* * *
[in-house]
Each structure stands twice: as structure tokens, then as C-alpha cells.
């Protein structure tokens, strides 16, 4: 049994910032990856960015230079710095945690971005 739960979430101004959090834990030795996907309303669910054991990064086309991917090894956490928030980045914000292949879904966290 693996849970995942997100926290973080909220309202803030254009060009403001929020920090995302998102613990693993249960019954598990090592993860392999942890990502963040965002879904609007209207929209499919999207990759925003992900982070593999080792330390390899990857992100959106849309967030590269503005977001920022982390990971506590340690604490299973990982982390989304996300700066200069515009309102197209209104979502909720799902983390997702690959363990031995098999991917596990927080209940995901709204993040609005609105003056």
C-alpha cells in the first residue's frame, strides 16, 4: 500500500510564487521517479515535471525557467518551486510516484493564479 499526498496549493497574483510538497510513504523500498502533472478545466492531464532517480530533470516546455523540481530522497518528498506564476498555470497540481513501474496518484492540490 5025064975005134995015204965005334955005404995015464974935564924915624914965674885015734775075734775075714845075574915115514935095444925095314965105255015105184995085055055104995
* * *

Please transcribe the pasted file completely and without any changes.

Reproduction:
[in-house]
Each structure stands twice: as structure tokens, then as C-alpha cells.
């Protein structure tokens, strides 16, 4: 049994910032990856960015230079710095945690971005 739960979430101004959090834990030795996907309303669910054991990064086309991917090894956490928030980045914000292949879904966290 693996849970995942997100926290973080909220309202803030254009060009403001929020920090995302998102613990693993249960019954598990090592993860392999942890990502963040965002879904609007209207929209499919999207990759925003992900982070593999080792330390390899990857992100959106849309967030590269503005977001920022982390990971506590340690604490299973990982982390989304996300700066200069515009309102197209209104979502909720799902983390997702690959363990031995098999991917596990927080209940995901709204993040609005609105003056």
C-alpha cells in the first residue's frame, strides 16, 4: 500500500510564487521517479515535471525557467518551486510516484493564479 499526498496549493497574483510538497510513504523500498502533472478545466492531464532517480530533470516546455523540481530522497518528498506564476498555470497540481513501474496518484492540490 5025064975005134995015204965005334955005404995015464974935564924915624914965674885015734775075734775075714845075574915115514935095444925095314965105255015105184995085055055104995